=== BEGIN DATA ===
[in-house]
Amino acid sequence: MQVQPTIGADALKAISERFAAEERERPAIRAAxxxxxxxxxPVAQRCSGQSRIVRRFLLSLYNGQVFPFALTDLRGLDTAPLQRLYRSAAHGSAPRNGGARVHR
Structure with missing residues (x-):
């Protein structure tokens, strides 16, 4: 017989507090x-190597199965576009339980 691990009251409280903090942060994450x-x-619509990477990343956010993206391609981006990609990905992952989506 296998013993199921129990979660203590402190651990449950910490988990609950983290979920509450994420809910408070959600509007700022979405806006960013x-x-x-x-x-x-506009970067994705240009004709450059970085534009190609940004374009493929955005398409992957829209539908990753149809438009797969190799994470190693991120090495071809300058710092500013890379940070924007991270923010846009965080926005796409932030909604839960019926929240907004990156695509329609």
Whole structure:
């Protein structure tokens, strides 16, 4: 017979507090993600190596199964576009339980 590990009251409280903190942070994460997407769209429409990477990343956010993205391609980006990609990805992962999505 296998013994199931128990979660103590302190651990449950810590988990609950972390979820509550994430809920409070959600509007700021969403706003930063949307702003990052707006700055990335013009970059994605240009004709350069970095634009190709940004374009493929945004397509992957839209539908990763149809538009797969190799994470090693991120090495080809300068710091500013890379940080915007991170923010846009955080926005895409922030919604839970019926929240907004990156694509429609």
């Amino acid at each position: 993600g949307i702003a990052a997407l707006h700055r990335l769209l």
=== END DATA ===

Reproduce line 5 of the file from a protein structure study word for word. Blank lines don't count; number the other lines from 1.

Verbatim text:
Whole structure: